In “Navigating Water Cooler Talks Without the Water Cooler: Uncertainty and Information Seeking During Remote Socialization,” recently published in Management Communication Quarterly, communications scholars DaJung Woo of Rutgers University, Camille G. Endacott of the University of North Carolina Charlotte, and Karen K. Myers of the University of California Santa Barbara found the unique conditions of working during the pandemic created a natural portal into understanding remote work habits.
Research on newcomer uncertainty and information-seeking behaviors has largely assumed that newcomers could interact with and observe others in physical work settings. This study examined how organizational newcomers sought information during the early stages of the COVID-19 pandemic without such possibility. Drawing on in-depth interviews with 30 individuals who began jobs remotely between February and November 2020, we uncovered three major areas of uncertainty: workplace relationships, task/role performance, and organizational norms. Our findings demonstrate how these newcomers managed the uncertainties through six information-seeking tactics: organizing virtual small talks; initiating unsanctioned in-person meetings; asking overt and targeted questions; utilizing digital repositories; unintentional limit testing; and anticipating future information seeking. We discuss implications for remote newcomer socialization and provide propositions for future research.
We were motivated to conduct this study by the COVID-19 pandemic, which forced many employers to adopt virtual means to hire and socialize new employees. In the newcomer socialization literature, co-location of newcomers and old-timers in physical work environments was assumed and emphasized because it allows for newcomers’ both direct and indirect information seeking (such as casual conversations and observations). We wanted to learn: when such opportunities for in-person contacts and communication are missing, how do remote newcomers navigate their uncertainty and seek information they need to learn about their roles, workplace relationships, and the organization’s culture? To answer this question, we interviewed individuals who started new jobs fully virtually at the peak of the pandemic (between June and December 2020).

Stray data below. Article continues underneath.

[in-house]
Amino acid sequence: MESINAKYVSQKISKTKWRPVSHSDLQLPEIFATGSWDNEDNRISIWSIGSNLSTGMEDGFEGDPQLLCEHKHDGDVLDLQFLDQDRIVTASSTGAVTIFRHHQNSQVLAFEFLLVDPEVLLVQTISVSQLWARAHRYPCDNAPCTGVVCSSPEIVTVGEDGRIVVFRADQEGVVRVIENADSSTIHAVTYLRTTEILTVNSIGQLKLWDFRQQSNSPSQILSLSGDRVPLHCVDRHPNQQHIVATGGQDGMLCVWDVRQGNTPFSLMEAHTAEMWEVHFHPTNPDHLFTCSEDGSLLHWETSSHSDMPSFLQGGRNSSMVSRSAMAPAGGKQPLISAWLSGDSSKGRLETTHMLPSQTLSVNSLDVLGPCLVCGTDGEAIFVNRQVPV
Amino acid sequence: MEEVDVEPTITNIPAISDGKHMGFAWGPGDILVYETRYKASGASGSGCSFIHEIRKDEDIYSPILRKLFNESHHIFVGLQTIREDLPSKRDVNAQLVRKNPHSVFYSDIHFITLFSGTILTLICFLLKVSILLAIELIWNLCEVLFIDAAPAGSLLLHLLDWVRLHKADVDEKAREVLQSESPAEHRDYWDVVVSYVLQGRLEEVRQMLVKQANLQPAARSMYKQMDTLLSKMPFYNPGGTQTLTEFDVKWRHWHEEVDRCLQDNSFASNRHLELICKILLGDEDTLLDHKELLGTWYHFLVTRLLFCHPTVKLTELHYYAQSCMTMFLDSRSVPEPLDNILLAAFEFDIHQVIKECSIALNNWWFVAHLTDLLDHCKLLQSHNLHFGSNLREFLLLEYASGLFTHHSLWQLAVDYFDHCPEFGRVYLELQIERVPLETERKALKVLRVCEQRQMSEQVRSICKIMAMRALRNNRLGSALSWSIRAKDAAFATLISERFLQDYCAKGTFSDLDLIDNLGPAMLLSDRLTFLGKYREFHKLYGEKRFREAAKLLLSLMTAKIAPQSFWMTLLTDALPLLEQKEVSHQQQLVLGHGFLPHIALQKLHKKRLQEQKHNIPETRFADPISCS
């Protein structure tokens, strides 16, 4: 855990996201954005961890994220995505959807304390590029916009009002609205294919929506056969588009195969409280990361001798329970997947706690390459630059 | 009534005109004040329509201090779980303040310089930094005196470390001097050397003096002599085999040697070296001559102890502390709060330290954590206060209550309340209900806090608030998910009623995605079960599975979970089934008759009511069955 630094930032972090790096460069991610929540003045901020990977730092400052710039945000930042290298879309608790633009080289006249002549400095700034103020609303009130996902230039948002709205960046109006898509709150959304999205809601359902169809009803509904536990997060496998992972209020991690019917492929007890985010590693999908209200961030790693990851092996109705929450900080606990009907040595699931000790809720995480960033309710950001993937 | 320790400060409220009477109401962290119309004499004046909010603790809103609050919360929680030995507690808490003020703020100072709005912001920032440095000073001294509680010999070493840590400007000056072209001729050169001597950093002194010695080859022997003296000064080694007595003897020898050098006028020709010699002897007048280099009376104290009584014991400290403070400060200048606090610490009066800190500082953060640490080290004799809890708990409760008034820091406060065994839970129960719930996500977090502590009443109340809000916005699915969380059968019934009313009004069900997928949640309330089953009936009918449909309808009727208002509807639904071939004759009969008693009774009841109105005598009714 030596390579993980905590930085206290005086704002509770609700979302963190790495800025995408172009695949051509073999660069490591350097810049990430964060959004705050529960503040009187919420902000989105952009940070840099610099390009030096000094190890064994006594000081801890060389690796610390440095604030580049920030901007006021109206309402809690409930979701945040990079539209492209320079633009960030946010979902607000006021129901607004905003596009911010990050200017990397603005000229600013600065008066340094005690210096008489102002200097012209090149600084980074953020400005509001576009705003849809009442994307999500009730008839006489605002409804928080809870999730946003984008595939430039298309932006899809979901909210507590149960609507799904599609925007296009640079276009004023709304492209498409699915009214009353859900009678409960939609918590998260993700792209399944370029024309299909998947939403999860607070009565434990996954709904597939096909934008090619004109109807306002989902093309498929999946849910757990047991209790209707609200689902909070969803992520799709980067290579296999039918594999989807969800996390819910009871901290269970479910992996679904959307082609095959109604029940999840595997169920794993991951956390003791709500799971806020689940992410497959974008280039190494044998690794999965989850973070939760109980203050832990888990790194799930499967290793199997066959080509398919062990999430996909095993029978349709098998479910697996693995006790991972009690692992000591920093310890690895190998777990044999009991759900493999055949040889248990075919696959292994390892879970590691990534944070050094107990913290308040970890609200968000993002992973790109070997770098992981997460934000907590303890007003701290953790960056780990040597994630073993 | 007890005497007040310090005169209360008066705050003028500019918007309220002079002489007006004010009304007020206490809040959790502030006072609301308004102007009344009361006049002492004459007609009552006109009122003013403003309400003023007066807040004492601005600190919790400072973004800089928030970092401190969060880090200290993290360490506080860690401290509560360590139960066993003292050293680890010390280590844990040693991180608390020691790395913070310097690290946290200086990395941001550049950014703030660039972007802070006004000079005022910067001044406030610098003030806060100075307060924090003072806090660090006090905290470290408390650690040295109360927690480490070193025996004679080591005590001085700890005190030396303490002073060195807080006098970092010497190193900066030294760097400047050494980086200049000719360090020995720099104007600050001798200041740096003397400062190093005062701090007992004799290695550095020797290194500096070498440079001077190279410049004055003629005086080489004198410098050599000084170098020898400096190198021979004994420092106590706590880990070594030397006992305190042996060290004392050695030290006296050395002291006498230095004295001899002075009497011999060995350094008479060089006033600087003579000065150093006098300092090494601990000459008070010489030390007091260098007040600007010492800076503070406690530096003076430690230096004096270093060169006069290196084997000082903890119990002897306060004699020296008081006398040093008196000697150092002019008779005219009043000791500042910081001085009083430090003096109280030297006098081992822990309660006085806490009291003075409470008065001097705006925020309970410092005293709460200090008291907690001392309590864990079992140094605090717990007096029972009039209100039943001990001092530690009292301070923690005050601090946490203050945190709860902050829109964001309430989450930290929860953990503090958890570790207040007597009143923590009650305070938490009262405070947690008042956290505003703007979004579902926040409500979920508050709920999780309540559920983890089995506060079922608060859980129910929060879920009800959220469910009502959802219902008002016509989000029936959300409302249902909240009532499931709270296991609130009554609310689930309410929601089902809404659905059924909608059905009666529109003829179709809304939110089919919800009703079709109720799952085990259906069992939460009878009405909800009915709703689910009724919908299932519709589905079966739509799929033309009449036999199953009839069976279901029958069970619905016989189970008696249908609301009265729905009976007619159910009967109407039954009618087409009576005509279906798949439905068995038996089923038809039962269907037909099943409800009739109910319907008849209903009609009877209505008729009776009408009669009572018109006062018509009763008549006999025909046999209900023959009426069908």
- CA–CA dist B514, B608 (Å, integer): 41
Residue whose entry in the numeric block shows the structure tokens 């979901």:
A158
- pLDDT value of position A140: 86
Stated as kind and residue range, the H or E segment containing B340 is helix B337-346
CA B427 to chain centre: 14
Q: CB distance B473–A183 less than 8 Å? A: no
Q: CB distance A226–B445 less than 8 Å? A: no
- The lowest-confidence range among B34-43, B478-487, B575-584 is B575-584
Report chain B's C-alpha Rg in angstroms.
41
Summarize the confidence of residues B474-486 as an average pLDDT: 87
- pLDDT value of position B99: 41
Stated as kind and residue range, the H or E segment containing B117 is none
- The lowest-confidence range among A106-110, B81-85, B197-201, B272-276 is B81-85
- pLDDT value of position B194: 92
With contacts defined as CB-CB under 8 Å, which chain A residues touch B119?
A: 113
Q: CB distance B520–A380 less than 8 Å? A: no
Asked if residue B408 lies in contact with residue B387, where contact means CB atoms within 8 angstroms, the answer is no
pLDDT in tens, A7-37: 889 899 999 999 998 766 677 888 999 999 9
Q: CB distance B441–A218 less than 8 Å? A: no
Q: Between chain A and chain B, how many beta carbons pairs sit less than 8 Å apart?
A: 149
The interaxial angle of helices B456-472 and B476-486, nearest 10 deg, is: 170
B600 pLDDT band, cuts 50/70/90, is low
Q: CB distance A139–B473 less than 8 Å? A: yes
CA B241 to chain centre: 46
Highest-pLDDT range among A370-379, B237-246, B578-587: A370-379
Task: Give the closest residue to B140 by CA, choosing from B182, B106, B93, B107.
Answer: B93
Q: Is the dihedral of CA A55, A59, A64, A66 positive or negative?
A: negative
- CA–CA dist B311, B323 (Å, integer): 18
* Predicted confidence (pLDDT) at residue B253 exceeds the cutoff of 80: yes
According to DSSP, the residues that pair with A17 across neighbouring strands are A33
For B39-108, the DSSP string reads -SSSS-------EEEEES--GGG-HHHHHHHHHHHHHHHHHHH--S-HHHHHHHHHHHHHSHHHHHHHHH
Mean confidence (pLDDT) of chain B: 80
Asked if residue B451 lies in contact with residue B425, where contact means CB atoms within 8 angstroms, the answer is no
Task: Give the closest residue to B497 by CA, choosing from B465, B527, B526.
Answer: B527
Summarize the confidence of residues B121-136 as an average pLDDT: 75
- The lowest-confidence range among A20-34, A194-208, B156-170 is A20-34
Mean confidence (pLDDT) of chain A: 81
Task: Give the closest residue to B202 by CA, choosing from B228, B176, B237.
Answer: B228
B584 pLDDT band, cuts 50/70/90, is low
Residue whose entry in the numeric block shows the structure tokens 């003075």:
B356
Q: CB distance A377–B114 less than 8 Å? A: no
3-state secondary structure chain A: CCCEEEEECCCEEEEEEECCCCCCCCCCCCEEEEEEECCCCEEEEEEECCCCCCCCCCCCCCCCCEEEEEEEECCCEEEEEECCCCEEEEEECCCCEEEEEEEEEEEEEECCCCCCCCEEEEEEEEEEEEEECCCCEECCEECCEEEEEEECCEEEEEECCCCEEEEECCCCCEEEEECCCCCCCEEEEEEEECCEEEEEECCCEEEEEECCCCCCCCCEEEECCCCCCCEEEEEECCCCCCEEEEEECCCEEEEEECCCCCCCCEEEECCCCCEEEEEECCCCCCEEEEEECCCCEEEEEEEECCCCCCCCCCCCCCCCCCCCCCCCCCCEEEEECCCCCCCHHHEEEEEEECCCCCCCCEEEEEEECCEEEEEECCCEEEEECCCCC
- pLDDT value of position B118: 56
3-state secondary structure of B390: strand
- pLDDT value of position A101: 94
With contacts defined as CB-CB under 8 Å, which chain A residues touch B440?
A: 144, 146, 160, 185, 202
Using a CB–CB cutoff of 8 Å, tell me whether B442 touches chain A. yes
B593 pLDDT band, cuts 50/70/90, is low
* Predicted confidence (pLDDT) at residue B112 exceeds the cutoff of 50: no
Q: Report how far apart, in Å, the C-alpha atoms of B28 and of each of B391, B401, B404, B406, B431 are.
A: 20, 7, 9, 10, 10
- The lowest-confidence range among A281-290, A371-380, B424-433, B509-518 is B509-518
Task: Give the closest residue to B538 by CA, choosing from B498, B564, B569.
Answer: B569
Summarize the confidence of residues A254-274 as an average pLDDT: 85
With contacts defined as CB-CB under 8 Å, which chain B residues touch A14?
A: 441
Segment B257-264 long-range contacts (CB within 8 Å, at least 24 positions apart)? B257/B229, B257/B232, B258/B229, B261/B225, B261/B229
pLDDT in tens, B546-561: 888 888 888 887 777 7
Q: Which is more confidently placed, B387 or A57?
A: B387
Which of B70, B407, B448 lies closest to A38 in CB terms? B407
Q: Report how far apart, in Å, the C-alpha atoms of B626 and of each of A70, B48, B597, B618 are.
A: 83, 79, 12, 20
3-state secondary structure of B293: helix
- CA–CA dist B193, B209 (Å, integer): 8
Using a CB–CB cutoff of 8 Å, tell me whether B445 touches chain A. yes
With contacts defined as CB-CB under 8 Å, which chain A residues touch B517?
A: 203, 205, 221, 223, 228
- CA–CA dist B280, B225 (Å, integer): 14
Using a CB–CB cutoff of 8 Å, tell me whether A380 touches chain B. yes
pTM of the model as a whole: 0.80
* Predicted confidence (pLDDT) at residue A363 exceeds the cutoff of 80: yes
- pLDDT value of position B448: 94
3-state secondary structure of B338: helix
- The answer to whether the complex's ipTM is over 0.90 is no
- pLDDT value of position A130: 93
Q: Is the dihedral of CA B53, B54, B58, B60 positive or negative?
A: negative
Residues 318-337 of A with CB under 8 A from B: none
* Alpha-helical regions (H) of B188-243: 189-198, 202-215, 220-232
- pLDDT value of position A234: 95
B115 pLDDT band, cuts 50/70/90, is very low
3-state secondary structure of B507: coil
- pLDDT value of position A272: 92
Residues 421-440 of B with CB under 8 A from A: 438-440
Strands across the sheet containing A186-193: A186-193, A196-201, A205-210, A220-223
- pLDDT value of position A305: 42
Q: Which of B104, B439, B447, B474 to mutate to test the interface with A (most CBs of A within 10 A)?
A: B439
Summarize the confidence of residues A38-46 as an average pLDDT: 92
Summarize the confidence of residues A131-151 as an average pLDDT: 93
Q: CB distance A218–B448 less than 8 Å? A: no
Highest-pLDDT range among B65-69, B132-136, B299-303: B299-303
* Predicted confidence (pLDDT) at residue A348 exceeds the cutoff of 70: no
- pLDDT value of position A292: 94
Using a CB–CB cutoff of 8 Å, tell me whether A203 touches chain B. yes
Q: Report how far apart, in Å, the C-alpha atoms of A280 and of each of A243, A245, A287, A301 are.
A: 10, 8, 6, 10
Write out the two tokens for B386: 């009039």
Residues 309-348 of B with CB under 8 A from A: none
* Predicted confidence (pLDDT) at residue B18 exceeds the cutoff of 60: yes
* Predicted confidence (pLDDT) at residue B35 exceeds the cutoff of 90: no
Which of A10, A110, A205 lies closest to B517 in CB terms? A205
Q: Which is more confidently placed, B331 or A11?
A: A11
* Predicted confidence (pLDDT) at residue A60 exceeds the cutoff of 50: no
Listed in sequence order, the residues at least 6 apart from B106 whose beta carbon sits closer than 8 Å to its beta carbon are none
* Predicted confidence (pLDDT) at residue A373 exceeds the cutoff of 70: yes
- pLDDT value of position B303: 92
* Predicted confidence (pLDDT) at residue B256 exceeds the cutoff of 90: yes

Not surprisingly, recruiting and interviewing our study participants happened fully virtually. While our research process involved typical challenges of qualitative studies—e.g., identifying people who met our participant eligibility criteria and were available to schedule meetings—we were anxious to complete the study as efficiently as possible because we wanted to generate knowledge that would guide employers and newcomers while they are still dealing with the pandemic’s implications. Also, we were concerned if we might inadvertently contribute to remote newcomers’ burnout by asking for yet another Zoom meeting; but thankfully, our participants seemed generally excited to share their experience—possibly because they did not have many chances to self-reflect and verbally make sense of their pandemic experience elsewhere at that point.
We were intrigued to find that many of them met with their coworkers in person (at a bar, beach, or their house) despite the potential risk of contracting the COVID-19 virus. This indicated their strong desire to learn relational information, such as who has the potential to become their close work friends and/or mentors. It was also interesting to hear participants report that overt questioning and revealing their lack of knowledge about tasks was a necessary way to learn about their new role. Typically, overt questioning is a communication tactic known to result in social costs or losing one’s face; but as one of our participants said, they “couldn’t afford to not ask questions [straightforwardly]” simply because there were not many other ways to learn the information needed to perform their jobs remotely.
Based on our findings, we provide propositions to guide researchers’ further investigation into remote newcomers’ socialization and consequences. For example, we argue that remote newcomers will require additional acculturation if/when they enter the physical office environment, considering that they had little to no face-to-face work interactions that would have enabled development of strong ties and deep understanding of their organizations’ culture. Now that most of the COVID-19 mandates have been lifted and employers have made decisions about hybrid work and/or return-to-office policies, there is a need to better understand the information needs and transition experiences of those who started new jobs fully virtually during the peak of the pandemic. We believe our article offers useful insights to guide such future research.